The trick to selling a game - especially an RPG - is to give the audience what it wants. If your players talk in character, so do you. If they want to fire phasers at every moral dilemma they see, give them things to shoot at. If they want to partake in a three-hour farce of Klingon comedy antics, you make the best bat'leth and blood-wine jokes you can manage. ("I know a Federation codeword that'll get us what we want: 'Please!'")
The morning of the second-to-last day of the show, flyers started circulating around the exhibit hall. They were coming out of the Decipher company booth, but somebody had left a stack of them in our demo room, too. Bright yellow things loaded with press-release text and exclamation points. They reported that the Star Trek license had been pulled from Wizards of the Coast following the Last Unicorn buyout and handed over to Decipher, who produced the Star Trek CCG at the time. Decipher was letting people know they shouldn't get attached to the current game - and probably shouldn't be buying the rulebooks for a line that was about to die.
What were we selling the games for, then?
Gradually and quietly, we realized that we didn't care about that so much. We weren't there to sell games. We wanted to play with our roles as demo monkeys. We wanted to play with the expectations of the ticket-holders. We wanted to play at being storytellers and game designers, and put on a show.
We decided to hijack the tables we'd been given to run. We were going to steal the time we had to work with and blow it on playtime. We took the stock scenarios and rigged them to pay out for us.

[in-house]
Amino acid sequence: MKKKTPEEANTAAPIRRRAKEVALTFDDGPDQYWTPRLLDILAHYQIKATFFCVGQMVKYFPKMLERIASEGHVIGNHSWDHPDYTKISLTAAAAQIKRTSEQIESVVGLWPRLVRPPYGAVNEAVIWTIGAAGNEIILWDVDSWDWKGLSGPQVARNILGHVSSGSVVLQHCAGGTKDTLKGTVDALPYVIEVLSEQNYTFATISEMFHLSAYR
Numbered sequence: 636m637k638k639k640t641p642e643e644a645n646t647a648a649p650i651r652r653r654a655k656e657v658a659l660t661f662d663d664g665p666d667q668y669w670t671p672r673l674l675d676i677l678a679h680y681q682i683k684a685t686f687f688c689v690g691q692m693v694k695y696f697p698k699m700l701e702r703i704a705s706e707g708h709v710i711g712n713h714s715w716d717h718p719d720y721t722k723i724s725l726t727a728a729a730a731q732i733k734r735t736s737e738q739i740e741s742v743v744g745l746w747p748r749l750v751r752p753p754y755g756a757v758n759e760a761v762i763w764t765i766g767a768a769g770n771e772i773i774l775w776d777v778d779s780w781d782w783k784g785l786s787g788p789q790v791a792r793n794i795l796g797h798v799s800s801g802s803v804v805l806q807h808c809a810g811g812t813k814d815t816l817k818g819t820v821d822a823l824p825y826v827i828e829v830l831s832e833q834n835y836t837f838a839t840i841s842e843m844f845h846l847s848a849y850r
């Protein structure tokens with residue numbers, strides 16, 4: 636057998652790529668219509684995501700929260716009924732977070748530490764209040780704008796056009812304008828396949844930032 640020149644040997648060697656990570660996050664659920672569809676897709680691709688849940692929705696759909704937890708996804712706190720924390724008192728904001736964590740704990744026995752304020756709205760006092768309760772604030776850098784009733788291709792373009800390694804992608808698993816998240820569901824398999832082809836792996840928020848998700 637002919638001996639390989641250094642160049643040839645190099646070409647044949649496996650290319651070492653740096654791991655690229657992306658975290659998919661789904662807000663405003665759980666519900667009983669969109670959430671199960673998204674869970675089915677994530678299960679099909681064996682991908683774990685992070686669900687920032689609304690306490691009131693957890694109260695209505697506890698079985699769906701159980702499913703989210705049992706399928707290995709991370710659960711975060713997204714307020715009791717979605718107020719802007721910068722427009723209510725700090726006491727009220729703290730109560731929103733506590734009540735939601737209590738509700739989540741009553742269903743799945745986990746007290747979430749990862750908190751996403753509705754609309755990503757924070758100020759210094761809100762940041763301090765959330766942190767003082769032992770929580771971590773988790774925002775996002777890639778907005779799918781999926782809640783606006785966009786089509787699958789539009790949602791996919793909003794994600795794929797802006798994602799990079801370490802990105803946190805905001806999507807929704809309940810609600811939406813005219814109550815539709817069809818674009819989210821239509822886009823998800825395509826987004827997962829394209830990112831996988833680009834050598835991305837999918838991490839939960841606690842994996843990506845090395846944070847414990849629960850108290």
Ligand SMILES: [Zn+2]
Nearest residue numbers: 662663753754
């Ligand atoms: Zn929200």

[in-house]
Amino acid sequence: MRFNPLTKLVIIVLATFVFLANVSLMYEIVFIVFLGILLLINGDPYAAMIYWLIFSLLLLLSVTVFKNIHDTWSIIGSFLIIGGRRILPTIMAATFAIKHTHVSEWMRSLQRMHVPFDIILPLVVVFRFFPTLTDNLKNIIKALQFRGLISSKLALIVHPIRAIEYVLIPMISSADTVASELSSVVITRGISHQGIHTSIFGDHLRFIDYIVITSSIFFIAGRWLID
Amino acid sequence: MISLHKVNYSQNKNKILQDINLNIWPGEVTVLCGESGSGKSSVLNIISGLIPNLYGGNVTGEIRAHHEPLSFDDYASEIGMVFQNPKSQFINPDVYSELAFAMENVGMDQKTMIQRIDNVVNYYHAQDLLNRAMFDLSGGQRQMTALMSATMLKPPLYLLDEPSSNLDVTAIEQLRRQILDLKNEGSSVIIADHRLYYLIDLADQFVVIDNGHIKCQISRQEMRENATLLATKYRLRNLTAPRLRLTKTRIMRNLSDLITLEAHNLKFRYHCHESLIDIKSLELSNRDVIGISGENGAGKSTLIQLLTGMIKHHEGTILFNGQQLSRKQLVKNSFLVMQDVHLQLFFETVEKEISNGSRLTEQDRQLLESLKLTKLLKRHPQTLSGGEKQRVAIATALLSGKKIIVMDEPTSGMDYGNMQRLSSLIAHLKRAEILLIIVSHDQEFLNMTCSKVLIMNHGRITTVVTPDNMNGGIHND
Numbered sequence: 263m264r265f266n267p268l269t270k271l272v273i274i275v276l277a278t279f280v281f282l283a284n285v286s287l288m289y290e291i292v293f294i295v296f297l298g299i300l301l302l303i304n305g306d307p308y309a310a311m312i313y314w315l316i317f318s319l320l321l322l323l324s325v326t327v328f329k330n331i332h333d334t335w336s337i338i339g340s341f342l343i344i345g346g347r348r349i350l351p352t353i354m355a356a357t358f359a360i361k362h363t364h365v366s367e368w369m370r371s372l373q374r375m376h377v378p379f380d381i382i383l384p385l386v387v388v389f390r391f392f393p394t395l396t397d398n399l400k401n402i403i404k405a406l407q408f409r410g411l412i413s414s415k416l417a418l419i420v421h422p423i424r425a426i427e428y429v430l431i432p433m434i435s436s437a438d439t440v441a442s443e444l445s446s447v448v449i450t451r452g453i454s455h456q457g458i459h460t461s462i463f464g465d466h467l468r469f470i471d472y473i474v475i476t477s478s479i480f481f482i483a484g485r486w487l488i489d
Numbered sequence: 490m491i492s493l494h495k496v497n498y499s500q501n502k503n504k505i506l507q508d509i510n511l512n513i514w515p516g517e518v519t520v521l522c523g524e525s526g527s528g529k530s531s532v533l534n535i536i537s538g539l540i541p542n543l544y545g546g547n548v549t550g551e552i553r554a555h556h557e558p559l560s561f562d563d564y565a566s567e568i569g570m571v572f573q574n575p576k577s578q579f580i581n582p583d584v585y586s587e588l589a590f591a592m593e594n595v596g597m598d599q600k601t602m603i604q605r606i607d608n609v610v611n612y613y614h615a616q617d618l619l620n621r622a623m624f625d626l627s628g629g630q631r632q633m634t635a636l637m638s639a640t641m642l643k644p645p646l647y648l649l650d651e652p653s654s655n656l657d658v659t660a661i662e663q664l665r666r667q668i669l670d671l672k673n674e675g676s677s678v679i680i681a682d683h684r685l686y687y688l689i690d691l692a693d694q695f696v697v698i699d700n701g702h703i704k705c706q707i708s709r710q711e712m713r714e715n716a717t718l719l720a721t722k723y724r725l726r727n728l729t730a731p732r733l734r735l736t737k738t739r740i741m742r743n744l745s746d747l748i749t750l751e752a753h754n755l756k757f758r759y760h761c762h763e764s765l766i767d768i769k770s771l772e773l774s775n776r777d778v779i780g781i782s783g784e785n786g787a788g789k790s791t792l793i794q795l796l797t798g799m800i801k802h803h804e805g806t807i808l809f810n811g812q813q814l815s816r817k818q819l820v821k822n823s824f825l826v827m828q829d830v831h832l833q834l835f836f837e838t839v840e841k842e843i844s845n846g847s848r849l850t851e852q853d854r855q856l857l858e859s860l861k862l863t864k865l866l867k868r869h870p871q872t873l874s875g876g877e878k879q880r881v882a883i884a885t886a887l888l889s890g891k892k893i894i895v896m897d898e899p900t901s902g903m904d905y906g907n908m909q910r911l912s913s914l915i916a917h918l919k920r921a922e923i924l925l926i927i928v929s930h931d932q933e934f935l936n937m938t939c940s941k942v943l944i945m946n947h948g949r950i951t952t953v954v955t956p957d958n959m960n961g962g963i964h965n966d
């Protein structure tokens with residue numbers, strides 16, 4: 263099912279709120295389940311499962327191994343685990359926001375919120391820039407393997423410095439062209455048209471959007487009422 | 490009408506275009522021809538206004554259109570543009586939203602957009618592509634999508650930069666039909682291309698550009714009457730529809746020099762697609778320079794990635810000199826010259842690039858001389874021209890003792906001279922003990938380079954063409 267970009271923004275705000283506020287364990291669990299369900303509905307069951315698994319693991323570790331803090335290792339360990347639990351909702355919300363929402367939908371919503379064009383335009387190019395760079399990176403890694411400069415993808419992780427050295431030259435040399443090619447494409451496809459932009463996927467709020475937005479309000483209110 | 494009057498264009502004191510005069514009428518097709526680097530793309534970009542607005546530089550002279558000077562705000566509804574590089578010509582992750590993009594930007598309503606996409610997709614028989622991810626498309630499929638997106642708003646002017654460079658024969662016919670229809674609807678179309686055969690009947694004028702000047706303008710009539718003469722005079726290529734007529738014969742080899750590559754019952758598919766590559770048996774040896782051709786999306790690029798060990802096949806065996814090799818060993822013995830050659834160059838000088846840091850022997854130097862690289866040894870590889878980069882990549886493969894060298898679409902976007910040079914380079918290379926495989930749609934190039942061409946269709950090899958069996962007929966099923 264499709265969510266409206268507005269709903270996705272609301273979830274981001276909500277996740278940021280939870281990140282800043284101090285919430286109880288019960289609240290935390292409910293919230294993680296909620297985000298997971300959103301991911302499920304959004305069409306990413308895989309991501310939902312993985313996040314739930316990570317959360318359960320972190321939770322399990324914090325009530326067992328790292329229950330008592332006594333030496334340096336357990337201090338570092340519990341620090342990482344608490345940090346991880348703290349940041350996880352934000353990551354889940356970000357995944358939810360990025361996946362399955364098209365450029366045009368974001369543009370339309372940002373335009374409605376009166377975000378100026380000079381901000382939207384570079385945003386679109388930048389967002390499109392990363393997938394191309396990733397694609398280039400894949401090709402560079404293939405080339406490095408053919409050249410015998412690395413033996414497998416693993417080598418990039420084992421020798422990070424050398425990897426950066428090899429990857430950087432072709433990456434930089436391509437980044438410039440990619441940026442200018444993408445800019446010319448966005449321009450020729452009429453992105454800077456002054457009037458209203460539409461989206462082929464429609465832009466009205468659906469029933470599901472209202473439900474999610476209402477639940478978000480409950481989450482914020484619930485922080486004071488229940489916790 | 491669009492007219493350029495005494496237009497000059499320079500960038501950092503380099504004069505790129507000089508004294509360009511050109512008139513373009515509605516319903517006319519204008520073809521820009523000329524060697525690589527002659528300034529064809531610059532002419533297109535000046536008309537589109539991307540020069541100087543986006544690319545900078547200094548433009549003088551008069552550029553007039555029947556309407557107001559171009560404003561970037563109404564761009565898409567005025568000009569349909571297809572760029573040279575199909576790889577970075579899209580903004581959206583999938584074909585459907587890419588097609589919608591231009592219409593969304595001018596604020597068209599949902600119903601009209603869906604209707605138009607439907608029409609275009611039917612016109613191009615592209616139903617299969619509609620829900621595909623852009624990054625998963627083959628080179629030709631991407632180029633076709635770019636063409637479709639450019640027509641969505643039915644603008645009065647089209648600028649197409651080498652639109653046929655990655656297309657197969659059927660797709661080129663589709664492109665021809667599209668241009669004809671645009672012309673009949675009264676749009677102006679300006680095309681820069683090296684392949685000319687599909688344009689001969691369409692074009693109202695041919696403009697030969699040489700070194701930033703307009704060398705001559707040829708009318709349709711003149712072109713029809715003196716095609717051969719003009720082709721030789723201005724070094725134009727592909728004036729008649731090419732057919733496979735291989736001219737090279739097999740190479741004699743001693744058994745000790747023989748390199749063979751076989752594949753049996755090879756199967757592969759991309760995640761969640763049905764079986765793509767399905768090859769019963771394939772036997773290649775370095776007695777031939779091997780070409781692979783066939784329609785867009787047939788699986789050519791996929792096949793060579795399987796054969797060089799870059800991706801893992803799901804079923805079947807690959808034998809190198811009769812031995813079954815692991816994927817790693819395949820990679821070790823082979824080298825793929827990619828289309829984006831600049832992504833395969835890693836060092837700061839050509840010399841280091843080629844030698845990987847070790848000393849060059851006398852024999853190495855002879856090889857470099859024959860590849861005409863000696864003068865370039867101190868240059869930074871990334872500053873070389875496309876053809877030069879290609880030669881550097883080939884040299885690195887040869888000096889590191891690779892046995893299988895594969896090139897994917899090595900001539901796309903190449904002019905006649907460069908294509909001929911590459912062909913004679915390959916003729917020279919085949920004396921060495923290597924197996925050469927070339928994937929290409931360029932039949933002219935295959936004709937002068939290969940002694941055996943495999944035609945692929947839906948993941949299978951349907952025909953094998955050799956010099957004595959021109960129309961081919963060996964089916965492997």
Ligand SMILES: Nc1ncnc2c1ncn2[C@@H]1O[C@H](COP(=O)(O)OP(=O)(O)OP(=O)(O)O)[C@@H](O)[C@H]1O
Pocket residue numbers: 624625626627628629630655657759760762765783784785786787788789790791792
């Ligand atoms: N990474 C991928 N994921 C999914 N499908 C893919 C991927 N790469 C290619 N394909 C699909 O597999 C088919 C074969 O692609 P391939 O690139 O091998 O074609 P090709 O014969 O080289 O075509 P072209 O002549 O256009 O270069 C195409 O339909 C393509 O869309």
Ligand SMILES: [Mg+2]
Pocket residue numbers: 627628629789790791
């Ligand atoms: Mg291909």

That night, we stayed up in the empty game room planning our heist. We developed a timetable, so we'd each know where we had to be at what time, and set the coffee timer I'd borrowed from my day job at Starbucks to beep at key moments to help us stay synchronized. We prepared a few simple gestures to use as secret signs so we demo monkeys could communicate without the ticket-holders knowing what was up.
The next morning, we walked in as a crew, practically in slow motion, like tuxedoed thieves on the way to pull off a job. Plenty of people, not having heard the news about the license-pull or perhaps not caring, had showed up to play Starfleet officers and Klingon starship crews. We fanned out, took our places at our designated tables, silently made eye contact with each other, one by one, and exchanged knowing nods. I held up the coffee timer and thumbed the button. The countdown started.
For the first hour, we ran our games as usual, teaching the rules and getting players into character. When the timer went off, we started our real game: merging all the demo tables into one epic Star Trek experience. When the Starfleet ship from the Next Generation era encountered a time-displaced ship from the Kirk era, each ship was crewed by players at a different table in the demo room. When the Klingons showed up, they were played by the folks at that table in the back. We had five narrators working together to build a single, massively multiplayer experience in pen and paper play. Some of it was PVP, some of it PVE, all of it hectic and enthusiastic. The players loved it, sloppy though the story was, full of time vortices and omnipotent aliens and technobabble bullshit.